Large-cap U.S. stocks posted modest gains in the third quarter of 2014 despite ongoing turmoil in the Middle East and Ukraine and the Fed's tapering of its asset purchases. Investors were buoyed as the U.S. economy appeared to improve. Labor market data were strong, the manufacturing sector remained robust, and rising consumer spending appeared to drive growth in the service sector. Investors were further encouraged that corporations had been able to transform moderate economic growth into faster profit growth. The health care sector saw good gains and fared best within the Standard & Poor's 500 Index, followed closely by information technology shares. Energy stocks suffered steep declines as oil prices fell, and utilities also performed poorly.
The Growth & Income Fund returned 0.42% in the quarter compared with 1.13% for the S&P 500 Index and 0.29% for the Lipper Large-Cap Core Funds Index. For the 12 months ended September 30, 2014, the fund returned 17.20% versus 19.73% for the S&P 500 Index and 17.07% for the Lipper Large-Cap Core Funds Index. The fund's average annual total returns were 17.20%, 14.19%, and 7.63% for the 1-, 5-, and 10-year periods, respectively, as of September 30, 2014. The fund's expense ratio was 0.68% as of its fiscal year ended December 31, 2013.
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Financials, information technology, and health care were the portfolio's top-performing sectors for the quarter. Consumer staples and consumer discretionary managed slim gains, while industrials and business services, materials, and energy holdings declined. Industrials are the portfolio's largest overweight versus the benchmark, with a focus on high gross margin businesses with healthy balance sheets and growth prospects that should thrive through a full market and economic cycle. Health care accounts for one of the portfolio's largest absolute positions and is the second-largest overweight versus the benchmark. Overall, the portfolio's health care holdings have performed well over the past year, and while no longer "cheap," the group still has some valuation advantages over other defensive market sectors.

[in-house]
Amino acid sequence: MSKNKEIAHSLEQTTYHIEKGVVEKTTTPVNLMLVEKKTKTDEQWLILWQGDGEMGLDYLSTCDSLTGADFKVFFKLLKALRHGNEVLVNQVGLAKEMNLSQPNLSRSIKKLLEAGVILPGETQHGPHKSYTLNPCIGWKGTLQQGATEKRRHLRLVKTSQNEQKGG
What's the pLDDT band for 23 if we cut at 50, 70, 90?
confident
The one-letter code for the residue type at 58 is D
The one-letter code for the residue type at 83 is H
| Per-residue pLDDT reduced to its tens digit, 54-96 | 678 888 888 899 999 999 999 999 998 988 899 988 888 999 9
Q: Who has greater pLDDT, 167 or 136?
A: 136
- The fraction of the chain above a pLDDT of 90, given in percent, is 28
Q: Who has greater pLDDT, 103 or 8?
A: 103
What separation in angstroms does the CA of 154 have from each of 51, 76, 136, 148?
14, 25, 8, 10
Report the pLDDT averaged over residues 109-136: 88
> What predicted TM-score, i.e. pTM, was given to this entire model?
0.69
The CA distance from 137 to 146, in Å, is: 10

Overall, we remain reasonably optimistic about the environment for equities. The U.S. economy should continue to grow modestly, supported by broadly accommodative monetary policy, solid corporate fundamentals, labor market improvements, and decent consumer spending. However, equity valuations have become full and appear stretched in some areas, making compelling investment opportunities harder to find. We are mindful of potential risks in the coming months, including mid-term elections in November, concerns about the pace and timing of interest rate hikes by the Fed, and heightened geopolitical uncertainty. We would not be surprised to see a short-term market pullback and would use it as an opportunity to add to our highest-conviction ideas at more attractive valuations.